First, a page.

Military career

Reduced to destitution, Poe enlisted in the United States Army as a private, using the name "Edgar A. Perry" and claiming he was 22 years old (he was 18) on May 26, 1827. He first served at Fort Independence in Boston Harbor for five dollars a month. That same year, he released his first book, a 40-page collection of poetry, Tamerlane and Other Poems attributed only as "by a Bostonian." Only 50 copies were printed, and the book received virtually no attention. Poe's regiment was posted to Fort Moultrie in Charleston, South Carolina and traveled by ship on the brig Waltham on November 8, 1827. Poe was promoted to "artificer," an officer who prepared shells for artillery, and had his monthly pay doubled. After serving for two years and attaining the rank of sergeant major for artillery (the highest rank a noncommissioned officer can achieve), Poe sought to end his five-year enlistment early. He revealed his real name and his circumstances to his commanding officer, Lieutenant Howard, who would only allow discharged if Poe reconciled with John Allan. Howard wrote a letter to Allan, but he was unsympathetic. Several months passed and pleas to Allan were ignored; Allan may not have written to Poe even to make him aware of his foster mother's illness. Frances Allan died on February 28, 1829 and Poe visited the day after her burial. Perhaps softened by his wife's death, John Allan agreed to support Poe's attempt to be discharged in order to receive an appointment to the United States Military Academy at West Point.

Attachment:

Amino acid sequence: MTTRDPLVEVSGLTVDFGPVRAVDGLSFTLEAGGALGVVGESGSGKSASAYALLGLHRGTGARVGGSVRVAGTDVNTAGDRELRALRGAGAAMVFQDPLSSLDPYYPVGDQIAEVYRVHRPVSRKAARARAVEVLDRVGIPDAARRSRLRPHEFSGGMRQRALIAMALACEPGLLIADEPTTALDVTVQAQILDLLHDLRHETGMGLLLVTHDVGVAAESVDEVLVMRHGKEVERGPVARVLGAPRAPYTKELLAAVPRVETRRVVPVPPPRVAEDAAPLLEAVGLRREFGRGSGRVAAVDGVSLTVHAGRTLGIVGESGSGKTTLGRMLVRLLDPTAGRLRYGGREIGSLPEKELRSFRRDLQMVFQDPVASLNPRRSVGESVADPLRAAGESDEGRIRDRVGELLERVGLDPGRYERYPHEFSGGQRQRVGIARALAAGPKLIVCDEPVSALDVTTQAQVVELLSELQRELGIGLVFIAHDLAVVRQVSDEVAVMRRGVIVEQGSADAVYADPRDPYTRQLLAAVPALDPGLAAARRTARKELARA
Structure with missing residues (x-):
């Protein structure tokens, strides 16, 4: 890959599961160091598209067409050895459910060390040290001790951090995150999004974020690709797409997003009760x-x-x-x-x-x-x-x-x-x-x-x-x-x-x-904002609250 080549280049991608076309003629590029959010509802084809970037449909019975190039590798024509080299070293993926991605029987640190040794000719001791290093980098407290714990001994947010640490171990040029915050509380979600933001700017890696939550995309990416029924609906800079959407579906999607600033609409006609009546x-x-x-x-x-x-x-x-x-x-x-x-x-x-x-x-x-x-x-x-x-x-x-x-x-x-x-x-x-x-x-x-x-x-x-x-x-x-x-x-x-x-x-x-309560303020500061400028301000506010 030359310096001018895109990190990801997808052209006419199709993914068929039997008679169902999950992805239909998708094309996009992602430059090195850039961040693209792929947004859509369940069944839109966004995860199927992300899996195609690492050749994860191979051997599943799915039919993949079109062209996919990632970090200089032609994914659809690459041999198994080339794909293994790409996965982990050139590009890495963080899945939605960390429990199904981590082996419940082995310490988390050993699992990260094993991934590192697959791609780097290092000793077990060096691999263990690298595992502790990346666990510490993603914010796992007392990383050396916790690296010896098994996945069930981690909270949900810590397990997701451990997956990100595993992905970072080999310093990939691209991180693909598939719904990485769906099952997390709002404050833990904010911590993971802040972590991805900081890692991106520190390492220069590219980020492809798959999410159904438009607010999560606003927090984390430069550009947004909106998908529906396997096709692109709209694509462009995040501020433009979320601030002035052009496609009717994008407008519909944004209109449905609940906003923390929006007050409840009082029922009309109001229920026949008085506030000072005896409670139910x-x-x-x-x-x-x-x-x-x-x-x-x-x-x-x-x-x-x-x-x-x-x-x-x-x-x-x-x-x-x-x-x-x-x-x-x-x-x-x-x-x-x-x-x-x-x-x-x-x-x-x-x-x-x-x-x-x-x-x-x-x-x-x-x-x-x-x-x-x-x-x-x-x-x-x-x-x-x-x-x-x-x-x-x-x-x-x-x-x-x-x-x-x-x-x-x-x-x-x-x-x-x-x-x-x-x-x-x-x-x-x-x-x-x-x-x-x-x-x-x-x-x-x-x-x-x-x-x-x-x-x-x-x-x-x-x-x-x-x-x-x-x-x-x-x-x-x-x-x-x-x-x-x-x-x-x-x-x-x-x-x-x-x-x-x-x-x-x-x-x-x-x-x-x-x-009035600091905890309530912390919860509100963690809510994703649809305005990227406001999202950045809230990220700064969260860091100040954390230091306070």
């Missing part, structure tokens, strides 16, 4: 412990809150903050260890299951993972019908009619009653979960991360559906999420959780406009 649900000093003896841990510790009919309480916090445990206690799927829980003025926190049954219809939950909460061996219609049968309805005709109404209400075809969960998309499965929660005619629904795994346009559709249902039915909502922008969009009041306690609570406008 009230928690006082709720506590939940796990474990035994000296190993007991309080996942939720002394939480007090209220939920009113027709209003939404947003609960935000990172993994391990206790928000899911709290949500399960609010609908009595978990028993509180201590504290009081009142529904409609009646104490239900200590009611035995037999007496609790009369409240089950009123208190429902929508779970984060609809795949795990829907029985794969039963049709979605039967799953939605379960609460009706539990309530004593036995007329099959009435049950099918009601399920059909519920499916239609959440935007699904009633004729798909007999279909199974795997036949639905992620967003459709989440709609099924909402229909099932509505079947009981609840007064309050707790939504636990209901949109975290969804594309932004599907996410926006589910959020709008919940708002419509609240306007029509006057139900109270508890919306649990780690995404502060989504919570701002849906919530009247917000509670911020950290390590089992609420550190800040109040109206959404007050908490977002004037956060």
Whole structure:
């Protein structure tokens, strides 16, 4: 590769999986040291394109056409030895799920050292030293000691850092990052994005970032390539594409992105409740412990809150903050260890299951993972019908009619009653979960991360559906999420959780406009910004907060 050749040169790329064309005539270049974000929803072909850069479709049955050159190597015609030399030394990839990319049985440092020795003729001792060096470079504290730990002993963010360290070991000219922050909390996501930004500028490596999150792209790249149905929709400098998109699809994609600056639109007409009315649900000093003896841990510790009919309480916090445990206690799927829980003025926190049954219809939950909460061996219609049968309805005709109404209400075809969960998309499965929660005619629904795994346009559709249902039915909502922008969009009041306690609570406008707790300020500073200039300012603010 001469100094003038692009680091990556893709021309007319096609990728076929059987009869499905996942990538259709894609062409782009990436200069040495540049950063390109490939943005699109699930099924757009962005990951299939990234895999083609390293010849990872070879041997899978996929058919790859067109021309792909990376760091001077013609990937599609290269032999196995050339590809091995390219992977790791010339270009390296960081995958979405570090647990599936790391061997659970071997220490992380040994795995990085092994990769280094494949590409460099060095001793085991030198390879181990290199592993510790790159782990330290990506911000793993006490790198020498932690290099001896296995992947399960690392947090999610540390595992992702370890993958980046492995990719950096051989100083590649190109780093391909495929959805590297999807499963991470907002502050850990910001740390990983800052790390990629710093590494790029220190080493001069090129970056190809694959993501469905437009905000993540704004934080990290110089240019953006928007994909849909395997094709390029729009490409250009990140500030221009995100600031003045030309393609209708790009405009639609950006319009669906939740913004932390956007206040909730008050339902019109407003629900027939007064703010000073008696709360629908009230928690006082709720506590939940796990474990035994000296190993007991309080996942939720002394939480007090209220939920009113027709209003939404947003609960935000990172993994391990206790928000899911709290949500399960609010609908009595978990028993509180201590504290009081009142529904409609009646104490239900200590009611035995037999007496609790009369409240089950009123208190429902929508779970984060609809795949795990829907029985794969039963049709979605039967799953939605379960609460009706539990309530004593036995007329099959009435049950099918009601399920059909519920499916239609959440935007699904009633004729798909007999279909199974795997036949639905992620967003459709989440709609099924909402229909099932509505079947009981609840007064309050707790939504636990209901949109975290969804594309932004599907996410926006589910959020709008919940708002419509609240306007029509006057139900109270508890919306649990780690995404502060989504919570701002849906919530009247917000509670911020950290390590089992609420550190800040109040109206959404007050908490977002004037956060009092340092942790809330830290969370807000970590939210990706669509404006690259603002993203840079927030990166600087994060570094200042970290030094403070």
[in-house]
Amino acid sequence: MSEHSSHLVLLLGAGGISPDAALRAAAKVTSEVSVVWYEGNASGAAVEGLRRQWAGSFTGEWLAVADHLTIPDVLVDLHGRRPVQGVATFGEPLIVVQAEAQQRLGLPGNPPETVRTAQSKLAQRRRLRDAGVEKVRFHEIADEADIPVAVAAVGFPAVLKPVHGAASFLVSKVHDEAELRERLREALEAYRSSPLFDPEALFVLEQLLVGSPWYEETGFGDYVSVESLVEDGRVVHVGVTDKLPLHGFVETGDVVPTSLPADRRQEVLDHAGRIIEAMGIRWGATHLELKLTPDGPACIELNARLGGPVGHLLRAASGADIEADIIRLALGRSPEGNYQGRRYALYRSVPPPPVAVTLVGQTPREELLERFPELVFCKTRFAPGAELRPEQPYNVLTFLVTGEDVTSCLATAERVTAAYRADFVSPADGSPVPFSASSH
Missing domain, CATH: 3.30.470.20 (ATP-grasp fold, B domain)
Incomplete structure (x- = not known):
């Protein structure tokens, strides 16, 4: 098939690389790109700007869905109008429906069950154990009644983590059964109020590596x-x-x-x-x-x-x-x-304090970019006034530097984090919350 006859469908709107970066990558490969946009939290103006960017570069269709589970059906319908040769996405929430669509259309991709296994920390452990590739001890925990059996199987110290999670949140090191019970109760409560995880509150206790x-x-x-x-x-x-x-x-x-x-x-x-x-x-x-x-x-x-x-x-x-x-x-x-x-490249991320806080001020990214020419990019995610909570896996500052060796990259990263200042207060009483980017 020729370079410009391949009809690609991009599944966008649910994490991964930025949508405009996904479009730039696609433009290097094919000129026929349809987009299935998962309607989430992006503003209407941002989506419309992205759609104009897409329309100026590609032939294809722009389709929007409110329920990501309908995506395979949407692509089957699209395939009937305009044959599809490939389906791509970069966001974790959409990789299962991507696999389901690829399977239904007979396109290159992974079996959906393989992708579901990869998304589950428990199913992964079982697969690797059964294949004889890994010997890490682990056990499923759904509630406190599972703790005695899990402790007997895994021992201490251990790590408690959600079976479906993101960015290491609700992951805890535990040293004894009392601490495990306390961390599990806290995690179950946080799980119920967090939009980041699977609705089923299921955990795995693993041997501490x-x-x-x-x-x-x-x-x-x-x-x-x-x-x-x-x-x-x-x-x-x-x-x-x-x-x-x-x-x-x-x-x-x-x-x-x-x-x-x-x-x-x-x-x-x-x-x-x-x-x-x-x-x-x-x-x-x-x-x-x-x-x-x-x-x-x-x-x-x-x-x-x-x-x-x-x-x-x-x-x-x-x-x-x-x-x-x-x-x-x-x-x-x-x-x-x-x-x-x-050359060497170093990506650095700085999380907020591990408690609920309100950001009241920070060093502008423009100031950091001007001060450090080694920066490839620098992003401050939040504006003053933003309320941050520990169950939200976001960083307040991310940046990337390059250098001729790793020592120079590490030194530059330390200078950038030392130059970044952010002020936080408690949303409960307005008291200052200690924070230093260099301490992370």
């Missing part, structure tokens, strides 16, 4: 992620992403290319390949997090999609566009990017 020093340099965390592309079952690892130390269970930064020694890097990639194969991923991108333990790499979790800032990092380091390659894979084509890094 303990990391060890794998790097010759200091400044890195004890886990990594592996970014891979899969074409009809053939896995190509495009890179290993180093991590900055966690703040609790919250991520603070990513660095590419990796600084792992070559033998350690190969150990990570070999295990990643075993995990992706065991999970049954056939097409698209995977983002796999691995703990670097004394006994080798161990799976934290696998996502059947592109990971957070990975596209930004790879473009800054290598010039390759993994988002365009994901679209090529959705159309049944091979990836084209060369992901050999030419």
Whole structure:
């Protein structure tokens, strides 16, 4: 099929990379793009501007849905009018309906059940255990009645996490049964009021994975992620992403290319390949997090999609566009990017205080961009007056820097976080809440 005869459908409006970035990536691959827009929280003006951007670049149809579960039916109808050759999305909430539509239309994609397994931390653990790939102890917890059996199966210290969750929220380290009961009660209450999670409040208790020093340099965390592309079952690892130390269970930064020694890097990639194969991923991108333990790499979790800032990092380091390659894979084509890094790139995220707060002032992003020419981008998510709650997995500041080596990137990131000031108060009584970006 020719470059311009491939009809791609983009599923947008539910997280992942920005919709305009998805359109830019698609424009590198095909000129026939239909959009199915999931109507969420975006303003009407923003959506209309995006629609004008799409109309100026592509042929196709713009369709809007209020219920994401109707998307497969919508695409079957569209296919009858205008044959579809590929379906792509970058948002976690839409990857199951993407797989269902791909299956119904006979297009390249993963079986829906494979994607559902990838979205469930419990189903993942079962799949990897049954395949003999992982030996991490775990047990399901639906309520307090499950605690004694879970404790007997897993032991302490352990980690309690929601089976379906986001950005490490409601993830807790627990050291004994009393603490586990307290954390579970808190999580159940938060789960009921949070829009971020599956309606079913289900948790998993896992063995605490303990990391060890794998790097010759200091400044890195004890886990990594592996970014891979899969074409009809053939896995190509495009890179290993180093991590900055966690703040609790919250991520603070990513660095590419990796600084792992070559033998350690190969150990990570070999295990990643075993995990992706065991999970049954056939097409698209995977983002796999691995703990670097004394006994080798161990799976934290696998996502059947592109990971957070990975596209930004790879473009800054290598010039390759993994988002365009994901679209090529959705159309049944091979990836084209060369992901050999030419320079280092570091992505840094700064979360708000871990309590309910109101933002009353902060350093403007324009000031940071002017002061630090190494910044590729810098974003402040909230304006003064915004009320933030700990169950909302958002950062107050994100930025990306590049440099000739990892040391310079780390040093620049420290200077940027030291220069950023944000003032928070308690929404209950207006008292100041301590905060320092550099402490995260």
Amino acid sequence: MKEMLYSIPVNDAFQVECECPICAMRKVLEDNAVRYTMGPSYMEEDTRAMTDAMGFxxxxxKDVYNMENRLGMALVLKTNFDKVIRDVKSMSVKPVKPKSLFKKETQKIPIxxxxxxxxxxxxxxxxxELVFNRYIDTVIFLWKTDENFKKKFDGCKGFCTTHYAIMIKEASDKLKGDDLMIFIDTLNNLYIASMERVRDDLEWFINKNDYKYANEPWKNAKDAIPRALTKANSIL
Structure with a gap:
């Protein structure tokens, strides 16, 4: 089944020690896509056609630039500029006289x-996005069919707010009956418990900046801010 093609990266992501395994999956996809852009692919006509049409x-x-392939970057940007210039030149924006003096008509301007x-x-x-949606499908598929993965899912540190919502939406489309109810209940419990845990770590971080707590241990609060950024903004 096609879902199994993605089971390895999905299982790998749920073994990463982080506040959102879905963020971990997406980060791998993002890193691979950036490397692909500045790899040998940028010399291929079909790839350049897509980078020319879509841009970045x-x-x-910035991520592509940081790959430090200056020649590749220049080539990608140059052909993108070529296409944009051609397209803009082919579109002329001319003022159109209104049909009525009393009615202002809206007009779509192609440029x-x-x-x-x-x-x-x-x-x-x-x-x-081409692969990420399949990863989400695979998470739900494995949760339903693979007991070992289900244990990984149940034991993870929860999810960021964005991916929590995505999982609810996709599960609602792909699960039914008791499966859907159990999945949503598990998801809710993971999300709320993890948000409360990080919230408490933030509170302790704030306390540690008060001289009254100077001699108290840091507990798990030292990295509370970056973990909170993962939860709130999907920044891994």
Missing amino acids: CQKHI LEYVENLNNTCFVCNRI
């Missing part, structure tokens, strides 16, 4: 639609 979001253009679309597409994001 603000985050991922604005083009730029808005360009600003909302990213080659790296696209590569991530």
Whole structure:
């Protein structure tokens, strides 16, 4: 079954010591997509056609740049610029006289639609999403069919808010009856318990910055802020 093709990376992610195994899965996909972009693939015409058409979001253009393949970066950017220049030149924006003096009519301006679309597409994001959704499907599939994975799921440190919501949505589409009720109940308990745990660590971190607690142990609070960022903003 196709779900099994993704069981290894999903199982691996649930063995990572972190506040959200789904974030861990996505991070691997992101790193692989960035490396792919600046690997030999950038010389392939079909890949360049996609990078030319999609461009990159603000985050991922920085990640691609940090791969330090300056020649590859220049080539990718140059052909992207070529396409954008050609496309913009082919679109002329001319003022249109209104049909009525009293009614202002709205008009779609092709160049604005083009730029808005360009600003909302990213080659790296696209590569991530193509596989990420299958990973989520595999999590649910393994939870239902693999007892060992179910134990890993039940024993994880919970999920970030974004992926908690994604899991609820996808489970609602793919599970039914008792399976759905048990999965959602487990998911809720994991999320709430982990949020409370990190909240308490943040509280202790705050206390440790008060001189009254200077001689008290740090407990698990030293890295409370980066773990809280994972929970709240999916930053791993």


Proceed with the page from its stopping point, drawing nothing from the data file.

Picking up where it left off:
Poe finally was discharged on April 15, 1829 after securing a replacement to finish his enlisted term for him. Before entering West Point, Poe moved to Baltimore, Maryland to stay with his widowed aunt, Maria Clemm, her daughter, Poe's first cousin, Virginia Eliza Clemm, and his brother Henry. Meanwhile, Poe published his second book, Al Aaraaf, Tamerlane and Minor Poems in Baltimore in 1829.

Poe traveled to West Point, and took his oath on July 1, 1830. John Allan married a second time. The marriage, and bitter quarrels with Poe over the children born to Allan out of affairs, led to the foster father finally disowning Poe. Poe decided to leave West Point by purposely getting court-martialed. On February 8, 1831, he was tried for gross neglect of duty and disobedience of orders for refusing to attend formations, classes, or church. Poe tactically plead not guilty to induce dismissal, knowing he would be found guilty. He left for New York in February 1831, and released a third volume of poems, simply titled Poems. The book was financed with help from his fellow cadets at West Point, many of whom donated 75 cents to the cause, raising a total of $170. They may have been expecting verses similar to the satirical ones Poe had been writing about commanding officers. Printed by Elam Bliss of New York, it was labeled as "Second Edition" and included a page saying, "To the U.S. Corps of Cadets this volume is respectfully dedicated." The book once again reprinted the long poems "Tamerlane" and "Al Aaraaf" but also six previously unpublished poems including early versions of "To Helen," "Israfel" and "The City in the Sea."

Publishing career

He returned to Baltimore, to his aunt, brother and cousin, in March 1831. Henry died from tuberculosis in August 1831. Poe turned his attention to prose, and placed a few stories with a Philadelphia publication. He also began work on his only drama, Politian. The Saturday Visitor, a Baltimore paper, awarded a prize in October 1833 to his The Manuscript Found in a Bottle. The story brought him to the attention of John P. Kennedy, a Baltimorian of considerable means. He helped Poe place some of his stories, and also introduced him to Thomas W. White, editor of the Southern Literary Messenger in Richmond. Poe became assistant editor of the periodical in July 1835. Within a few weeks, he was discharged after being found drunk repeatedly. Returning to Baltimore, he secretly married Virginia, his cousin, on September 22, 1835. She was 13 at the time.